The incidence of adenomatous polyps and colorectal cancer was determined from age-specific (per year [prevalence rates at autopsy from years 1970 to 1990 reported in the Surveillance, Epidemiology, and End Results (SEER) program data [17]. These decades were chosen because population screening or surveillance was not widespread enough to skew the natural history model. If a person develops CRC he/she carries a new yearly probability rate of mortality based on five-year survival rates and average length of survival by stage of cancer and age according to data from SEER [17,18]. To estimate the rates for death from causes other than CRC we used data from the USA Official Social Security Office’s Actuarial Life Tables of 2011.

Initial, regional and distant CRC were assigned health utility weights for 0.9, 0.8 and 0.76 respectively [19].

Screening Strategies

The Markov model assigns patients to undergo one of the following recommended screening strategies: annual fecal immunochemical testing (FIT), flexible sigmoidoscopy (FS) every five years, colonoscopy every ten years and stool DNA test every three years. The characteristics of different screening tests were determined from independent review of literature (Table 1). Each screening strategy was assigned a different adherence rate based on published literature [2022]. Patients undergoing colonoscopy could have an adequate or an inadequate prep. If the preparation was inadequate, colonoscopy was repeated at varying intervals based on averaged real world data [3]. Simulated patients with a positive stool test or polyps on sigmoidoscopy received a colonoscopy that same year. For the probability that the stool test was false positive, the patient underwent a negative colonoscopy, and then resumed with the primary screening strategy. If polyps were found, they were removed and patients were switched to surveillance colonoscopy in 3 years (high-grade adenomas) or 5 years (low-grade adenomas). We assumed that 95% of all colonoscopies reached the cecum [23].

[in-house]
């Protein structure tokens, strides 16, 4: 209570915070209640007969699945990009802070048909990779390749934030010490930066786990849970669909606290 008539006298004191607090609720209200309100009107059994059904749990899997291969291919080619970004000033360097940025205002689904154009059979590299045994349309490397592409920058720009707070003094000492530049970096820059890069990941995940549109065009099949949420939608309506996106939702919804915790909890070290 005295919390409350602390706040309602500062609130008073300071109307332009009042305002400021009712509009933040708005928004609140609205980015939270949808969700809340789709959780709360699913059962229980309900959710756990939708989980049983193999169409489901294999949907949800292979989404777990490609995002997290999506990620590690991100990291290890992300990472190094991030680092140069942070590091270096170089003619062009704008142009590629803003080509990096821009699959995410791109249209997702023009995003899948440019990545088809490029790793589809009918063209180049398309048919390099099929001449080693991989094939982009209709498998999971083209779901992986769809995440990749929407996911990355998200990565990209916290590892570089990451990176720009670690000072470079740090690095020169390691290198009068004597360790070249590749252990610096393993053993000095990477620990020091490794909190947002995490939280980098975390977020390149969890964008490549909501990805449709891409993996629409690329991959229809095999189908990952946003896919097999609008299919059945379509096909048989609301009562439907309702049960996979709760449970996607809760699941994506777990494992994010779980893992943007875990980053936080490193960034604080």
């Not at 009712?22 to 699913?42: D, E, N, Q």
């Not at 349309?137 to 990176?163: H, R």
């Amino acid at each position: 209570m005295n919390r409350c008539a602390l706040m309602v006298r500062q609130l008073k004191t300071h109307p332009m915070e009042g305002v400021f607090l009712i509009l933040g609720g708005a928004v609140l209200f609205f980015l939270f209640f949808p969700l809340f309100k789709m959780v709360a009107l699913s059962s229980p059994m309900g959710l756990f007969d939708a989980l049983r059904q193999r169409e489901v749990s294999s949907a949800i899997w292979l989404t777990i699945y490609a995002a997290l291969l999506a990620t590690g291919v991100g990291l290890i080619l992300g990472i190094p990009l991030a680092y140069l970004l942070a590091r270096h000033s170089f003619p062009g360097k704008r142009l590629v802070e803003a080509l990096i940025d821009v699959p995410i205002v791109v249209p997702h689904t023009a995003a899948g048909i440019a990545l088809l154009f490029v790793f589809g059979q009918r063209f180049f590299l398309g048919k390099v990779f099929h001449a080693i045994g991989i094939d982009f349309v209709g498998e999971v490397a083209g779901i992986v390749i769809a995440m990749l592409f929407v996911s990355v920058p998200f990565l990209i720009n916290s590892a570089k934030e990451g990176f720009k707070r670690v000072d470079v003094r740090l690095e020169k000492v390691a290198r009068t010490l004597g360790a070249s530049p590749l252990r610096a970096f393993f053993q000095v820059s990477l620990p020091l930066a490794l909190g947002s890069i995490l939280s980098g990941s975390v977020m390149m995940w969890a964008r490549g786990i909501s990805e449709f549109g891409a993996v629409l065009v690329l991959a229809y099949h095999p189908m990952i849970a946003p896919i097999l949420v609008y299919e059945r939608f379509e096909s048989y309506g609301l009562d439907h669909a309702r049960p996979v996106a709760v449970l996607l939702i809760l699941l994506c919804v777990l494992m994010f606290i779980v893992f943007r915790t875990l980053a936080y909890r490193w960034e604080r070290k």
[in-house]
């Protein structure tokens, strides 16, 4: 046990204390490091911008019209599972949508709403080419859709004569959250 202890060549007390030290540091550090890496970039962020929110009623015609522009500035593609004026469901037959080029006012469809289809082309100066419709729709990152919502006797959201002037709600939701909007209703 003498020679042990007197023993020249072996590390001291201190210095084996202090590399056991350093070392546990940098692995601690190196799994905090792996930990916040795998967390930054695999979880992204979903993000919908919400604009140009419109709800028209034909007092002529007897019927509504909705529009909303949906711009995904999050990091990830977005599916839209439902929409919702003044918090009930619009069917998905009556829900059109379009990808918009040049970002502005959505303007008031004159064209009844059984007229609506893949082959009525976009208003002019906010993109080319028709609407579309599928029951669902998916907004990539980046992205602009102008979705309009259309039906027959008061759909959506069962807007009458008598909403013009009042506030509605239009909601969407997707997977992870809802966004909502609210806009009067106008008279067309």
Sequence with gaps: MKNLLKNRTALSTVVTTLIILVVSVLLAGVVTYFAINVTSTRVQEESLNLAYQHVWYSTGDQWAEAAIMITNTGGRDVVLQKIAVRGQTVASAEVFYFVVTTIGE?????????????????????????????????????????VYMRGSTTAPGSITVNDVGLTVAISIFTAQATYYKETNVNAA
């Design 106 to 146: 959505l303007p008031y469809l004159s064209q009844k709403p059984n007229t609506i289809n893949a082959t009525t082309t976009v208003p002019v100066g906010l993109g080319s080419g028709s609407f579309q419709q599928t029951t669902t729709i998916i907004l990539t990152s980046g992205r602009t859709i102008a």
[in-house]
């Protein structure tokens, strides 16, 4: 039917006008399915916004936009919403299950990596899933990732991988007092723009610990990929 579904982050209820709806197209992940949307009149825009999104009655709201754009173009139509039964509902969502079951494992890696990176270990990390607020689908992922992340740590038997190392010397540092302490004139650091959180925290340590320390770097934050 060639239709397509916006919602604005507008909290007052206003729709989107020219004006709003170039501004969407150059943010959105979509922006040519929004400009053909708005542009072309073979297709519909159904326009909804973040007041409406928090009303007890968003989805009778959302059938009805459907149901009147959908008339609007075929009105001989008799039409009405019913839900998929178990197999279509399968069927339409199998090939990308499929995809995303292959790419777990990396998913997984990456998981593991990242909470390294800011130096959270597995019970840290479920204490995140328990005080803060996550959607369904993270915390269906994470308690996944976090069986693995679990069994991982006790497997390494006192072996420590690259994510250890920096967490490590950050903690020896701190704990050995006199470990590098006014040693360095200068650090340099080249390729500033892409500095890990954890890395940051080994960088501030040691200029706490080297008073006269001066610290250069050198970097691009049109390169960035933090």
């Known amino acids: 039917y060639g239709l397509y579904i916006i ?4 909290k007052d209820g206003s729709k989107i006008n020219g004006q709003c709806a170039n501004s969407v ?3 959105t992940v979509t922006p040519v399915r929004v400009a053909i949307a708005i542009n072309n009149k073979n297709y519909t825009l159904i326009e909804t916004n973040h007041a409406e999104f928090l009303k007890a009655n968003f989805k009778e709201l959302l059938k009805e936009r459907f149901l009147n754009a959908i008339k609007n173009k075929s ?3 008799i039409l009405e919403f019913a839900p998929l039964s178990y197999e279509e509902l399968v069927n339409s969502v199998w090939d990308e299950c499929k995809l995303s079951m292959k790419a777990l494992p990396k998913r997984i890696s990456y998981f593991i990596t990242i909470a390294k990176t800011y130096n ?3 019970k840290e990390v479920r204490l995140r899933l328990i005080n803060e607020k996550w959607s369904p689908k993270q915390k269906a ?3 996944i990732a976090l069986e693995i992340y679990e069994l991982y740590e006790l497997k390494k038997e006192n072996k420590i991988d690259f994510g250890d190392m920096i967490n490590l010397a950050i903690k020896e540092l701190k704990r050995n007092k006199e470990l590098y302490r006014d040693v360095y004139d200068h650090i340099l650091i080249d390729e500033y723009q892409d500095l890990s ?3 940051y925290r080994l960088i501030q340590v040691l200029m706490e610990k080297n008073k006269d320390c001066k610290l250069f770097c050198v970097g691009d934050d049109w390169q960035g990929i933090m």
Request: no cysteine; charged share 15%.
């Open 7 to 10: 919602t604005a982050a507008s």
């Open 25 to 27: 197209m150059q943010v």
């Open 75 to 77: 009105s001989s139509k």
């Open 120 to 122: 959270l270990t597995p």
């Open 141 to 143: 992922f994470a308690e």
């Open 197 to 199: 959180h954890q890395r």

Adherence Rates

Most prior cost-effective studies assumed a 100% adherence rate for different screening strategies [2427]. In reality, the adherence rates are much lower and differ among strategies. Since screening strategies vary considerably in costs, adherence rates can have large influence cost-effectiveness ratios. Non-adherence to subsequent screenings even within the same strategy can significantly affect the cost-effectiveness. However, even with a relatively a small degree of adherence with subsequent screenings, cost-effectiveness can be comparable to full participation [2428].